Links at your leisure: What happens to holiday traditions when you grow up? Michelle van Loon, Holiday Traditions, Under Construction “Especially around the Christmas season, we may recall the good ol’ days and simply long to return to the past. But as the passage from...
Links at your leisure:
What happens to holiday traditions when you grow up?
Michelle van Loon, Holiday Traditions, Under Construction
“Especially around the Christmas season, we may recall the good ol’ days and simply long to return to the past. But as the passage from Joshua reminds us, the best family rituals are touchstones, not destinations. We have to also be willing to move on and make our own traditions throughout the generations. Nostalgia alone is the emotional equivalent of a mug of steaming homemade cocoa with extra marshmallows. It’s delicious and heartwarming, but isn’t quite enough to sustain us when we’re doing the work of reconstruction.”
What we treasure matters:
John Richmond, We Get To Pick Our Treasures
“Like Mary, I think we get to decide what we will treasure up and ponder. There is no shortage of painful circumstances to which we can turn, but I have far fewer than young Mary had. It is up to me to elect the hopeful, good, and encouraging things.”
Learning to talk to God:
Karen Bables, Dialogue with God
“I thought about my desire as a Christian (and perhaps your desire) to listen to God in “God language” while I am actively thinking or speaking in “human language.” We always struggle with this concept – as if we have to detach from our human language to hear God language. When we read about Frank Laubach’s experiments in keeping in touch with God or Brother Lawrence’s extraordinary ability to go about his daily work and still be conversing with God, we think about how unusually gifted those men must have been and toss off the idea of “constant contact” with God as impossible in the 21st century.”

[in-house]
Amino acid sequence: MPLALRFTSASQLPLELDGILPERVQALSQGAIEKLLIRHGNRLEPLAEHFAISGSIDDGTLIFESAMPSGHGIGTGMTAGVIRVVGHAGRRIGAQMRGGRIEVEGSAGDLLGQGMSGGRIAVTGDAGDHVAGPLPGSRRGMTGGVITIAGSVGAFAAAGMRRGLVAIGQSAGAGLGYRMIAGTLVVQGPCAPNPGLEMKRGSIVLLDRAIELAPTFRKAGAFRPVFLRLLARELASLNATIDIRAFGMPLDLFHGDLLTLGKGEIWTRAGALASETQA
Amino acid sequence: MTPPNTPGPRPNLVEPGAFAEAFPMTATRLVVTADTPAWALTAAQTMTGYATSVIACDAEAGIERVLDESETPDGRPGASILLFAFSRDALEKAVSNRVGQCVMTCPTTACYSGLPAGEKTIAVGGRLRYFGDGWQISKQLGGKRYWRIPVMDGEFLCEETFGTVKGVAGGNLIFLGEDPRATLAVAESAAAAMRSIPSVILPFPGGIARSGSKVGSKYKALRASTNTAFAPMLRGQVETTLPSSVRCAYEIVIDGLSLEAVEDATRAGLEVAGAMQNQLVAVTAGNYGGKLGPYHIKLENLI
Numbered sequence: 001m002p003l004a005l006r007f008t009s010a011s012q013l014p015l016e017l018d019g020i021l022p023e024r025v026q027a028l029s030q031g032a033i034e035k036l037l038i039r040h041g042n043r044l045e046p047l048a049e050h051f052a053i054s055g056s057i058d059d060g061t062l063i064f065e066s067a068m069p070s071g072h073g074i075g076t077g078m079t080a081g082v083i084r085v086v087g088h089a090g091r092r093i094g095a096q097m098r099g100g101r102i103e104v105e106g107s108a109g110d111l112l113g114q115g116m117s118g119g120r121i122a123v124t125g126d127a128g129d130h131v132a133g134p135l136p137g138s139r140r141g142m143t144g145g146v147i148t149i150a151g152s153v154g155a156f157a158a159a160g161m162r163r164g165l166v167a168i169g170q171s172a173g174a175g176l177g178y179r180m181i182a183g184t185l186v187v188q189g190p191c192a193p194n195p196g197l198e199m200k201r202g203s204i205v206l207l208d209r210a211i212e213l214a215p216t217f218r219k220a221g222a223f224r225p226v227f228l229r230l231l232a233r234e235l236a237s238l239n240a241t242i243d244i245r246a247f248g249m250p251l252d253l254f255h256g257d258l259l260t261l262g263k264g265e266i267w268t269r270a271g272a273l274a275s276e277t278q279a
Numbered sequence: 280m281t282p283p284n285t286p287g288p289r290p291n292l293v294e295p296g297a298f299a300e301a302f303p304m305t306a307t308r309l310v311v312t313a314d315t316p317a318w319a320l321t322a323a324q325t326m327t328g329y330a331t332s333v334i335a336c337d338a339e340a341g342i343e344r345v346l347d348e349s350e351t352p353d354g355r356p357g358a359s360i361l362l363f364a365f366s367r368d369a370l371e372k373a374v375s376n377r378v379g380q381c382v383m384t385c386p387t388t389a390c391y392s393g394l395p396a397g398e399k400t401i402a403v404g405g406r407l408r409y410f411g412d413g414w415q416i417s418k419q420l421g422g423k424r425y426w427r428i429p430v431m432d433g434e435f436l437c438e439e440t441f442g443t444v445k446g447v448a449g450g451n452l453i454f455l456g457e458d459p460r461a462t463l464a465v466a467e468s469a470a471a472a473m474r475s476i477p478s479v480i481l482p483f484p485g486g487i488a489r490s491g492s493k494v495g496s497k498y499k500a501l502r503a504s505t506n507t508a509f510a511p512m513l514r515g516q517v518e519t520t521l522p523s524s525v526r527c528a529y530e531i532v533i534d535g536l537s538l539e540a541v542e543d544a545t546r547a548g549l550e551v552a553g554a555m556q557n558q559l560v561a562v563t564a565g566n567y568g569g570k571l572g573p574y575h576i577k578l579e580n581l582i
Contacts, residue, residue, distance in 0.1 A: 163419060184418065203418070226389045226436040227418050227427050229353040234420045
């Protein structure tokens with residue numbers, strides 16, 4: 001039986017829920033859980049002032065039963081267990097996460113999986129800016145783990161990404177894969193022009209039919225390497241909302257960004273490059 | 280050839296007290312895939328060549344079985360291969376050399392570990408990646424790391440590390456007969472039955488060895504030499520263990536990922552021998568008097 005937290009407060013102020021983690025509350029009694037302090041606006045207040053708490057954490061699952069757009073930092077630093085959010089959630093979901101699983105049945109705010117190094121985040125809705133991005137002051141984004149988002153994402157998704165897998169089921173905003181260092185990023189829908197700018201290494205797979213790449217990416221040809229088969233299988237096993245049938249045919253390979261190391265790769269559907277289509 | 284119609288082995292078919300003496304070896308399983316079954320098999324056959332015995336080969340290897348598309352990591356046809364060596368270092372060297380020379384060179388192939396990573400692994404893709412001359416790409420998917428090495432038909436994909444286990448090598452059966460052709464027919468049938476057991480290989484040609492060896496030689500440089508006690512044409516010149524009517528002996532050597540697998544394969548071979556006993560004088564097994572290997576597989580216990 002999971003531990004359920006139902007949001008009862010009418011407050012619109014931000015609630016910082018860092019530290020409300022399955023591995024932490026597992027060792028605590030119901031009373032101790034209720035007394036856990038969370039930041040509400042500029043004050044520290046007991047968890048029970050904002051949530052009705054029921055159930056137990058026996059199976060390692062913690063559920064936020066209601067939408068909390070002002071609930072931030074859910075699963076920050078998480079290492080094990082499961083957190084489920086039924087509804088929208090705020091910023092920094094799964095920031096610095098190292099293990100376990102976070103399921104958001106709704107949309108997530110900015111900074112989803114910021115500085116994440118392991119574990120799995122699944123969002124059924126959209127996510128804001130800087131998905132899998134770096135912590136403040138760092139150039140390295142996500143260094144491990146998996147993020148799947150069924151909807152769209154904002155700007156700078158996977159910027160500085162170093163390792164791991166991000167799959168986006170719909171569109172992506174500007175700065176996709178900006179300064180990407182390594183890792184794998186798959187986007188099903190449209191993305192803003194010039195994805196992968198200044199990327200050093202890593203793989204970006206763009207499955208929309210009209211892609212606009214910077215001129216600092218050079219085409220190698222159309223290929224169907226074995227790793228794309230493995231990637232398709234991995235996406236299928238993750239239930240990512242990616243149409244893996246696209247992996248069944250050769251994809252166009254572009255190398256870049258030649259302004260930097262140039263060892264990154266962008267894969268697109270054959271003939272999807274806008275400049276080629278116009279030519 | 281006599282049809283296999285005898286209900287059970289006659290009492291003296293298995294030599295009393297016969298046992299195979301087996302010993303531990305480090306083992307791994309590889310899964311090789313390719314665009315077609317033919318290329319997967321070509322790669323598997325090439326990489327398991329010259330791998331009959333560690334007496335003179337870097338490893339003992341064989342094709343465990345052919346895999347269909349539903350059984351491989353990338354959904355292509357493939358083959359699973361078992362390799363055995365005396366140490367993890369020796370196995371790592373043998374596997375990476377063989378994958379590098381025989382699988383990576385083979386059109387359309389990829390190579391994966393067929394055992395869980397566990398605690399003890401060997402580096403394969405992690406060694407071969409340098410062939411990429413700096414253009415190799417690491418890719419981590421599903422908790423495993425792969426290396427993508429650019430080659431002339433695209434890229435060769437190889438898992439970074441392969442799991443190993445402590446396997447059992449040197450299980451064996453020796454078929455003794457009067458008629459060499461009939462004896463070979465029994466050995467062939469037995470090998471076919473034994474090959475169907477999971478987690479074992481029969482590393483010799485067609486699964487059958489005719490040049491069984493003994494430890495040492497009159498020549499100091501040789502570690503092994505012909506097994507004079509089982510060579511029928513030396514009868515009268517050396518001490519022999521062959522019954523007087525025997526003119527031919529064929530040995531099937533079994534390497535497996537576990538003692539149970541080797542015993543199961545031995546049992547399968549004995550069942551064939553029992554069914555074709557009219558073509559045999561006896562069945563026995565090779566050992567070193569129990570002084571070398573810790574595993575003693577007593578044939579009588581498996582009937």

Advent isn’t the season for hurry-ers:
Virginia Stem Owens, Advent Hope: Redeeming Time
“We consider to be time wasted. We turn time into money by spending it. But time isn’t really money. Nor is it a commodity.
Time is, in fact, invaluable. Indeed, time is beyond any exchange rate. Perhaps we worry about wasting time because we know we cannot acquire or manufacture it.
But what we can do is redeem it.”
Christ never left Xmas:
Chandler Ragland, An Xmas Reflection
“Christians throughout time crafted these symbols intentionally and purposefully because they can communicate powerful messages of God’s truth and love. They are important pieces of our faith even today because they still carry their power if we’ll only let them. Unfortunately, I’m finding that many Christians are forgetting our traditions, our history, and our basic liturgical vocabulary. My assumption is that this is occurring because there is a lack of teaching occurring in many churches. Such a depletion allows for misinformation about our symbols to arise and spread. And there may be no other time in all of the year where this is more prevalent than during the Christmas season.”Share on Facebook Tweet This Pin This
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